4. Are credit cards widely accepted and safe to use locally? Are ATMs common and do you recommend using them? Are they safe to use?
This is a cash culture so get used to it. ATMs are all over. Sure, you can use your credit card almost anywhere, but it's risky and, unless you have the right card, you'll pay that painful 3%. Most school fees are cash-only. You carry around a lot of baht on those days, and the ATMs clean out!
5. What English-language religious services are available locally?
There is a Roman Catholic church directly across street from embassy and also one near the Oriental hotel. Not sure about others. There is a community church at NIchada, which is very active with lots of community service opportunities.
6. English-language newspapers and TV available? Cost?
Bangkok Post; IHT. Not sure of cost.
7. How much of the local language do you need for daily living? Are local language classes/tutors available and affordable?
You can get by with English, but knowing at least some Thai will certainly facilitate daily living and enhance the experience.
8. Would someone with physical disabilities have difficulties living in this city?
Very inhospitable. High sidewalks, uneven pavement, you name it. Bad news.
1. Are local buses, trams, trains or taxis safe and affordable?
BTS Skytrain is great - your best bet to get around the profoundly frustrating traffic, especially on Sukhumvit and surrounding central areas. I spent 4 hours once during rush "hour" without moving more than 8 blocks - no kidding. Taxis are generally fine, but I wouldn't necessarily trust one after dark as a single woman. And there are stories of drunk and drugged-up drivers - wouldn't surprise me. Proceed with caution.
2. What kind of car do you recommend bringing to post, given the terrain, availability of parts, burglary/carjacking risks, etc.? What kind of car do you advise not to bring?
The dumpier the better - as long as it functions well! Traffic is heavy with reasonably good flow but there are plenty of scrapes. I cannot imagine having a nice car here. No way! I hear that Japanese auto parts are easy to find; others not so much. We have a Honda shop nearby.
Phone & Internet:
1. Is high-speed home Internet access available? How long does it typically take to install it after arrival?
We have True, and it's good on the whole but sometimes frustrating! I think we pay around $85 a month. Our maid usually takes the bill to the 7-11 and pays there - very convenient!
2. Do you have any recommendations regarding mobile phones? Did you keep your home-country plan or use a local provider?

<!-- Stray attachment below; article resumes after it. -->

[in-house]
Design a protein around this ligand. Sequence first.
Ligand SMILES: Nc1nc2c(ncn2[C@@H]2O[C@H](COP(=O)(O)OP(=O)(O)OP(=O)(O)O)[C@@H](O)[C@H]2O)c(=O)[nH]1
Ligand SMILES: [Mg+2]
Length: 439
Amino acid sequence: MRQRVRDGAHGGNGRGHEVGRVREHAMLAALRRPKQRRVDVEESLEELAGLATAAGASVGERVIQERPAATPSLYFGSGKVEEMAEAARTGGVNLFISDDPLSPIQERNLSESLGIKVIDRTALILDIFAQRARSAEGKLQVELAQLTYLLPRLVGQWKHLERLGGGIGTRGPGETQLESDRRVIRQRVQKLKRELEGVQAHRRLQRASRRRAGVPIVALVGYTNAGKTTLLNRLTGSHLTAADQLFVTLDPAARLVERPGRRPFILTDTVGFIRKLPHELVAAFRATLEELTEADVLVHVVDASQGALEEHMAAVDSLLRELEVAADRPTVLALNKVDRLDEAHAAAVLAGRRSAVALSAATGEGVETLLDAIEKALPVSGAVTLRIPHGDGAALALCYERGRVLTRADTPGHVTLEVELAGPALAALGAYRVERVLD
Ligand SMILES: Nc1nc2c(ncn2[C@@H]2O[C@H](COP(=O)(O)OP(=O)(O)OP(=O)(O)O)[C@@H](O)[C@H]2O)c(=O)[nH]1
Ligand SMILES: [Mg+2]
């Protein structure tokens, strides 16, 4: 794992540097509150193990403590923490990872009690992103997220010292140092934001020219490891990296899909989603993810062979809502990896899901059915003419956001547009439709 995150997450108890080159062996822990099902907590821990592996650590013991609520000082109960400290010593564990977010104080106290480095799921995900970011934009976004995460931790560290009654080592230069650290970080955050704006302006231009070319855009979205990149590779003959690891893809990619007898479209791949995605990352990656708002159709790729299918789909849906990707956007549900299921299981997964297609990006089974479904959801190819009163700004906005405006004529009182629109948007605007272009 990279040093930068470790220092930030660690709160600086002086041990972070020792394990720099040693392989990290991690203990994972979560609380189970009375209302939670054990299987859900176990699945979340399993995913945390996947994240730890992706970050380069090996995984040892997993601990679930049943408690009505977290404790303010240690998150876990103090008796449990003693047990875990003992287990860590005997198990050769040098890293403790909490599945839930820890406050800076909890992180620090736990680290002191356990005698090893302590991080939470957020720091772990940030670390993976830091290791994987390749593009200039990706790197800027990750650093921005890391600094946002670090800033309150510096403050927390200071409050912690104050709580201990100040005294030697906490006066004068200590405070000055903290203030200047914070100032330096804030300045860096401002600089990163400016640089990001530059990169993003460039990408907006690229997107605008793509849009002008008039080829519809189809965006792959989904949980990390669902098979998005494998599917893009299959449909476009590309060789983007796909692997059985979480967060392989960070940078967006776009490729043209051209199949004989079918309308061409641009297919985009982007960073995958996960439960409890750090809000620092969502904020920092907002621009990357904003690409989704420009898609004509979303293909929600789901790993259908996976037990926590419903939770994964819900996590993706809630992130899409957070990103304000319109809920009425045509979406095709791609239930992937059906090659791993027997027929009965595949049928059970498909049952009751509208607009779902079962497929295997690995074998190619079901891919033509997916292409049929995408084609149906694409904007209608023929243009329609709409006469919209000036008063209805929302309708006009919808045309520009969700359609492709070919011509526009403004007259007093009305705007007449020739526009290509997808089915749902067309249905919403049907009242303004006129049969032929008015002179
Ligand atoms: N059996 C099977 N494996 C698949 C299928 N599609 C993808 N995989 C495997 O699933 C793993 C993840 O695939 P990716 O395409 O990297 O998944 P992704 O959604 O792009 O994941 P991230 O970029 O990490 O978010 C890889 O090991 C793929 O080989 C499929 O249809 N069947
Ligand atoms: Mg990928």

It's changing. More folks seem to have BlackBerries and iPhones. I'm a dinosaur and bought a cheap model here with new SIM card. It's what most folks have done. Ditch your U.S. cell phone unless you need it, or contact someone here for the most up-to-date info.
1. Are qualified veterinarians and/or good kennel services available? Do animals need to be quarantined upon entry to the country? Are there other considerations regarding pets that are particular to this country?
2. Quality pet care available (vets & kennels)?
No problem - we were warned that it would be a tough post to bring a dog to (and I'm sure that's more true downtown), but there are vets, pet stores, and kennel options all over. Our 100-lb dog is happy but hates the heat.
Employment & Volunteer Opportunities:
1. What types of jobs do most expatriate spouses/partners have? Locally based or telecommuting? Full-time or part-time? Can you comment on local salary scales?
I seem to see a lot of spouses finding work when they want it, mostly at the embassy, but not exclusively.
2. What is the typical dress code at work and in public places? Is formal dress ever required?
Whatever you wish. Flip flops and sun dress or shorts at Nichada, your best Prada for Siam Paragon downtown and everything in between.
Health & Safety:
1. Are there personal security concerns to be aware of at this post? Please describe.
Tough question and it's all relative, right? Americans are, generally speaking, liked here, though I wouldn't call it the open-arms embrace I was expecting and there are some Thai who openly dislike me on principle, it seems. The Land of Smiles isn't the beginning and end of Thai people - it's far more complicated. We have had (and know of others also) some frightening brushes w/ the odd local, including taxi drivers and security guards. Obviously, the civil unrest continues to brew beneath the surface and nobody really knows what is on the horizon. (Don't believe it if someone tells you they do know - that's rubbish.) During the actual violence that erupted last Spring, we mostly felt safe but also a bit on edge for a sustained period. Folks downtown had it so much worse (lullabies and gunshots for a stretch there) but even out at Nichada there was an unsettled sense of the unknown. It disrupted normal daily life for a long time. Ultimately, constant security-related texts, school closings, the odd bombing (even out here), and escalating tensions really made things unpleasant. Some may thumb their noses at it having lived in "worse" situations elsewhere but it was unsettling for most folks I know. A few took the evacuation offered. We stayed put.